Conflicts & War

Sri Lankan president meets diplomats after outrage over crackdown on protests

Colombo, April 24 (EFE).- Sri Lankan President Ranil Wickremesinghe on Sunday met representatives from western countries after widespread outrage over the security forces violently removing protesters from the presidential secretariat on Friday.

During the meeting Wickremesinghe told the diplomats that his government was “committed to upholding rights of peaceful, non-violent assembly,” according to a press statement by the president’s media unit, which did not reveal the names of the diplomats present.

However, the president insisted that the protesters who had occupied the presidential office and were refusing to vacate it were violating the law by interfering with the purposes the property was designed for.

Protesters had stormed the secretariat on Jul. 9 along with the residences of the president and prime minister, and forced ex-president Gotabaya Rajapaksa to flee the country, after which he resigned.

Demonstrators had continued to occupy the office symbolically, despite vacating the official residences, and turned into a library, but early on Friday the police took the military’s help to reoccupy the building in an operation that left several protesters injured.

The authorities’ violence was condemned by several countries and international bodies, including the United States, United Kingdom and the United Nations, and surprised the protesters, who had agreed to vacate the premises voluntarily on the same day.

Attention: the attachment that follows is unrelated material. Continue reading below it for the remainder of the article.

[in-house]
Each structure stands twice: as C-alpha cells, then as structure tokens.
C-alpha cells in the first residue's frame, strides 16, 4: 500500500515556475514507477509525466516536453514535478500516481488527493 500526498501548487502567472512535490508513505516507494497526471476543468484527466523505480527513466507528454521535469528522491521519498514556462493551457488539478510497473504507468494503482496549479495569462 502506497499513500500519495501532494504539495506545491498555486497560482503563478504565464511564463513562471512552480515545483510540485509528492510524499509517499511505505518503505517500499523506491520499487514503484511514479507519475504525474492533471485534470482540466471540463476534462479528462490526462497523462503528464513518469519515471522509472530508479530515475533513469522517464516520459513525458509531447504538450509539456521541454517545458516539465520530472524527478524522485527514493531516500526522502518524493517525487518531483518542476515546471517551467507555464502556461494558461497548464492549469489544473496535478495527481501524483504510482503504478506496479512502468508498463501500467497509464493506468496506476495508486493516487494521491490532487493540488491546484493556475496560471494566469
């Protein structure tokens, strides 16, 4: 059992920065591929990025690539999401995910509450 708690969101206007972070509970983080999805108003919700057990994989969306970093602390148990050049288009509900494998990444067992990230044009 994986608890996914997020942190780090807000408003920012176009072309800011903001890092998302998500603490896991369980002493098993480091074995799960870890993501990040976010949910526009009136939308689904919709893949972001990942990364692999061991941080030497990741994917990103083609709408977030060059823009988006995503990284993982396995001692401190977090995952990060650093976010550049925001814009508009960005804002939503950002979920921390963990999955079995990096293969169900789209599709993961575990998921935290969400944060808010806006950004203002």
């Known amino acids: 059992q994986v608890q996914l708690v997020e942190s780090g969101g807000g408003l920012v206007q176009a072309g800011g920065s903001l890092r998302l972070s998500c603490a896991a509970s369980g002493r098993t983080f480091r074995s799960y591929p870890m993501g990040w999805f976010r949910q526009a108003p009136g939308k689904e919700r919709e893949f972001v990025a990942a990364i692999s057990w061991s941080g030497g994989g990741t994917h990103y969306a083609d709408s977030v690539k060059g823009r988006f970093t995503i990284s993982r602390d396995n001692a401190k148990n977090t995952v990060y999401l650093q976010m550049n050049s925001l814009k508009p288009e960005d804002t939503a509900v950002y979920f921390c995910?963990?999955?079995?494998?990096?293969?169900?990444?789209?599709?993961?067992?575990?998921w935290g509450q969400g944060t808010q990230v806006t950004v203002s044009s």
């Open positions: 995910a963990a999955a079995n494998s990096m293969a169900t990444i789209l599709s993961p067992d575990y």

They also accused the security forces of trying to dismantle the main campsite of the protests, situated in front of the secretariat, although the police denied this in a press conference on Saturday.

In this regard, Wickremesinghe said that measures were being taken “to ensure that non-violent protests were allowed to proceed within the city without endangering property or lives,” as per the statement.

It added that the government has offered other spaces in Colombo for non-violent protests, such as an open-air theater and several parks.

The protest site, which came up in April as the epicenter of the protests against Rajapaksa, is attracting fewer and fewer protesters as they lose hopes of a change after Wickremesinghe – seen as close to Rajapaksa – was elected president by the parliament.

However, dozens of protesters remain at the site and some leaders on Sunday held a press conference that they would continue to resist and demand Wickremesinghe’s resignation from the camp. EFE


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